News & Stories

Education meets The Trailhead – a new path to graduation
August 21, 2021

The virus-ridden winter presented many challenges, perhaps most impactfully to the students sent home to screens for online learning. In an effort to make up for lost benefits of the classroom, the Loppet Foundation provided an alternative learning environment for students of Patrick Henry and North High school. 

On Wednesdays in January and February, around 50-60 students convened at the Trailhead for an in-person educational opportunity; building relationships with teachers face-to-face, fostering community, and providing a reason to get outside. Students had the chance to explore the cross country ski trails, go tubing, walk, lift weights, or socialize in the chalet with peers. Along with opportunities for regular physical activity, teachers were present to facilitate engagement with required academic material – all with the goal of supporting students on their path to graduation.

In Minnesota, high school students are required to fulfill a specified number of credits in language arts (4), mathematics (3), science (3), social studies (3.5), the arts (1), and electives (7) for a total of 21.5 course credits. The idea is to equip students with the skills needed for postsecondary education, skilled work, and civic life. However, the road to graduation does not look the same for every student. Research shows that socioeconomic situation, demographics, attendance, and student engagement are some of the many factors that influence graduation rates, and there are measures in place to help support students regardless of their situation. Some of these measures include the No Child Left Behind (NCLB) Act of 2002, the Elementary and Secondary Education Act (ESEA), and the Every Student Succeeds Act (ESSA) of 2015. These acts include protections for disadvantaged students, requirements for teaching high academic standards, information flow between educators, families, students, and communities, access to preschool, identification of areas of need, and emphasis on accountability, and have been proven influential in increasing the nation’s graduation rates.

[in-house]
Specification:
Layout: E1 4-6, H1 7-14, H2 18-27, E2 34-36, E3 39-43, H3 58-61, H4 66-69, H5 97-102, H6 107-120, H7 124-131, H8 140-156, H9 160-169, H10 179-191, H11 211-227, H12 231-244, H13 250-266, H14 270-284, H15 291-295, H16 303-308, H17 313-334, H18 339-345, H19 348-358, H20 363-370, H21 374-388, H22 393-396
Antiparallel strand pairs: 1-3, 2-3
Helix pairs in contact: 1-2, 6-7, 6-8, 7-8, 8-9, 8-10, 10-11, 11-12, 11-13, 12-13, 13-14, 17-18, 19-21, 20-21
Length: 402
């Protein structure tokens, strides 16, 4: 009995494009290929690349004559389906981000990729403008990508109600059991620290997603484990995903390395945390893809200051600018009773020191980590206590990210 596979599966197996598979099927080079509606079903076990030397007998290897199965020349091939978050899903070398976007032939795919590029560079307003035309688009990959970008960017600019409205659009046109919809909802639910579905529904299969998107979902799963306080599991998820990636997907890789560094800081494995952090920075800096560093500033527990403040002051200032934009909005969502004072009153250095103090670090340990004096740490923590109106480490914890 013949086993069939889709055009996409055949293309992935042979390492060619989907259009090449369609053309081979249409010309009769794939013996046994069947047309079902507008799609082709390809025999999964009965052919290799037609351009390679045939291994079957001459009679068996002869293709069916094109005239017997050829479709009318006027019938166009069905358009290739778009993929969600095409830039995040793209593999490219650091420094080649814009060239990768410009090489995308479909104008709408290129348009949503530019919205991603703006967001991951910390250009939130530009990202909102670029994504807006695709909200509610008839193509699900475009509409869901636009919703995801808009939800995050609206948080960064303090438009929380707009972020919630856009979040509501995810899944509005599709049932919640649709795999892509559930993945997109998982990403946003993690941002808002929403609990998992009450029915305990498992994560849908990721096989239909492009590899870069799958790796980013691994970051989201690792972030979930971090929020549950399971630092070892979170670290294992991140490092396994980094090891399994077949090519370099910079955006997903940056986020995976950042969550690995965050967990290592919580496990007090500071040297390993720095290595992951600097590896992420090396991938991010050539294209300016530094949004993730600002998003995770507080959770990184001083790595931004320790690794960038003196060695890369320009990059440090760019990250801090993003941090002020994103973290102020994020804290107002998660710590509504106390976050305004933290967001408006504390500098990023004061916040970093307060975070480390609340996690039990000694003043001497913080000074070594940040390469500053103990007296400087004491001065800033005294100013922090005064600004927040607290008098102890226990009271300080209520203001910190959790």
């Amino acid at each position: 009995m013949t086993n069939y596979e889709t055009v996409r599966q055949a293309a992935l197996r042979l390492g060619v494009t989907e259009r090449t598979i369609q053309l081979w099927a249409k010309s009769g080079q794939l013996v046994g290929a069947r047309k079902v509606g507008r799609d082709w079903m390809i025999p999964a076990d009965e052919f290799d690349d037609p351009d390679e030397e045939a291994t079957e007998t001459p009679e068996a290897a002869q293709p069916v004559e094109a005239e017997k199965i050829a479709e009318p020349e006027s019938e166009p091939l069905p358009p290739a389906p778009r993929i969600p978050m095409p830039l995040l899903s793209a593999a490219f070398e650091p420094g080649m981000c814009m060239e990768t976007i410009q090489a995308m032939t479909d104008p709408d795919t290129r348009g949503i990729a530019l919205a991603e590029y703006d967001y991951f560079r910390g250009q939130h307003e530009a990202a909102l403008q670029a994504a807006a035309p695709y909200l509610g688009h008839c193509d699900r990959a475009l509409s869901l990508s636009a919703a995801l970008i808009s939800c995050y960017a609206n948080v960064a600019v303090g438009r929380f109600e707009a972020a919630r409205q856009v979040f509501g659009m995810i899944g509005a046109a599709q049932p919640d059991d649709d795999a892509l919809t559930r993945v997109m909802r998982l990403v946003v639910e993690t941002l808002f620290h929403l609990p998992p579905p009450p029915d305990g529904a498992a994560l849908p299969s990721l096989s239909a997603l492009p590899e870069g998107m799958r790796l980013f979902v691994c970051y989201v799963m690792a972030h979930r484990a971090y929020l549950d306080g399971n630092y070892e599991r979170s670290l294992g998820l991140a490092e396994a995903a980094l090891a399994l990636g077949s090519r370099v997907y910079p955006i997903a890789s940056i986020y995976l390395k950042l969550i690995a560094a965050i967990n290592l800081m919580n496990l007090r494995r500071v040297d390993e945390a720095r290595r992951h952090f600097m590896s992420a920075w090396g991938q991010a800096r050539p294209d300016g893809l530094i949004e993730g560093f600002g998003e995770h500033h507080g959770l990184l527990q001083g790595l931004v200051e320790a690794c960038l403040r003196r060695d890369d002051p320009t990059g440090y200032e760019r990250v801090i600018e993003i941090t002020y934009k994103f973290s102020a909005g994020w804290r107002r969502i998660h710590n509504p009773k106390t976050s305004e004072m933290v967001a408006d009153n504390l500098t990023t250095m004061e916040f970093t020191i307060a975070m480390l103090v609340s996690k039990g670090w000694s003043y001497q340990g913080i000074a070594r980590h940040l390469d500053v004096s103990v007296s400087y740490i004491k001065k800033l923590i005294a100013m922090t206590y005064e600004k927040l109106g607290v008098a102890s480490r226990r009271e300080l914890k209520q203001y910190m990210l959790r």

The initiative to leverage the Loppet’s resources toward educational success was driven by Ray Aponte, the Adventures Director at the Loppet Foundation and former Minneapolis Public Schools principal. Aponte aimed to offer another path for students as they worked toward graduation and to provide extra support as students worked to complete required course credits in their altered academic settings. 

“We wanted to offer a unique opportunity to help motivate students and support teachers in a new setting, as well as improve engagement and contribute to the social-emotional aspects of education.”

Ray Aponte

The program aimed to engage and motivate students, as well as encourage attendance amid a socially-distant winter. The Minneapolis Foundation supports the program, allowing teachers, coaches, and staff to bring the goal to fruition. Among this support were Loppet High School Ambassadors who contributed peer support and guidance. 

High School Ambassadors are trained by Loppet staff to provide structure to lessons, help motivate their peers, and offer advice and experience to those who are new to Loppet activities. 

With backgrounds in Loppet programming, the ambassadors worked to give back and offer additional support to staff. The Loppet looks forward to continuing this programming in the upcoming school year!